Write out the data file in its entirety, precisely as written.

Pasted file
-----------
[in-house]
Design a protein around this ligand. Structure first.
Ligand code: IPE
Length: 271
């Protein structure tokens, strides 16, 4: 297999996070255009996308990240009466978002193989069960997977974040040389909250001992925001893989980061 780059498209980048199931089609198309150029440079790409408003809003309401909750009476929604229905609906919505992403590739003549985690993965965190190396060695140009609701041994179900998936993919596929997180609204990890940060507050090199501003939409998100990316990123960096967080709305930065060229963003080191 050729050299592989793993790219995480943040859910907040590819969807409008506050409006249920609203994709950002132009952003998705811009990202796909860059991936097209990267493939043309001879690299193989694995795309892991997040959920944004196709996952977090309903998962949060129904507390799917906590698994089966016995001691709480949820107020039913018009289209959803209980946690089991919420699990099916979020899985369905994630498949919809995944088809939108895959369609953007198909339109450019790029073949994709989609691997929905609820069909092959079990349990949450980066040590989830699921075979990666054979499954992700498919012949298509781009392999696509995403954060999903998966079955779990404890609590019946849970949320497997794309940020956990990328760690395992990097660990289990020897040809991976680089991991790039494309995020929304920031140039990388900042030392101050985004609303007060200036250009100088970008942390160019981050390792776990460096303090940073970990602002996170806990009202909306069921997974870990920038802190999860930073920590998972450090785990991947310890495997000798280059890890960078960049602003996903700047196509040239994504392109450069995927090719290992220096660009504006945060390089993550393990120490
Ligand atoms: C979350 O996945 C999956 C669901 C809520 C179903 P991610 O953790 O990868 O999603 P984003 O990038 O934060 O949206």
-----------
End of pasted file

[in-house]
Design a protein around this ligand. Structure first.
Ligand code: IPE
Length: 271
């Protein structure tokens, strides 16, 4: 297999996070255009996308990240009466978002193989069960997977974040040389909250001992925001893989980061 780059498209980048199931089609198309150029440079790409408003809003309401909750009476929604229905609906919505992403590739003549985690993965965190190396060695140009609701041994179900998936993919596929997180609204990890940060507050090199501003939409998100990316990123960096967080709305930065060229963003080191 050729050299592989793993790219995480943040859910907040590819969807409008506050409006249920609203994709950002132009952003998705811009990202796909860059991936097209990267493939043309001879690299193989694995795309892991997040959920944004196709996952977090309903998962949060129904507390799917906590698994089966016995001691709480949820107020039913018009289209959803209980946690089991919420699990099916979020899985369905994630498949919809995944088809939108895959369609953007198909339109450019790029073949994709989609691997929905609820069909092959079990349990949450980066040590989830699921075979990666054979499954992700498919012949298509781009392999696509995403954060999903998966079955779990404890609590019946849970949320497997794309940020956990990328760690395992990097660990289990020897040809991976680089991991790039494309995020929304920031140039990388900042030392101050985004609303007060200036250009100088970008942390160019981050390792776990460096303090940073970990602002996170806990009202909306069921997974870990920038802190999860930073920590998972450090785990991947310890495997000798280059890890960078960049602003996903700047196509040239994504392109450069995927090719290992220096660009504006945060390089993550393990120490
Ligand atoms: C979350 O996945 C999956 C669901 C809520 C179903 P991610 O953790 O990868 O999603 P984003 O990038 O934060 O949206």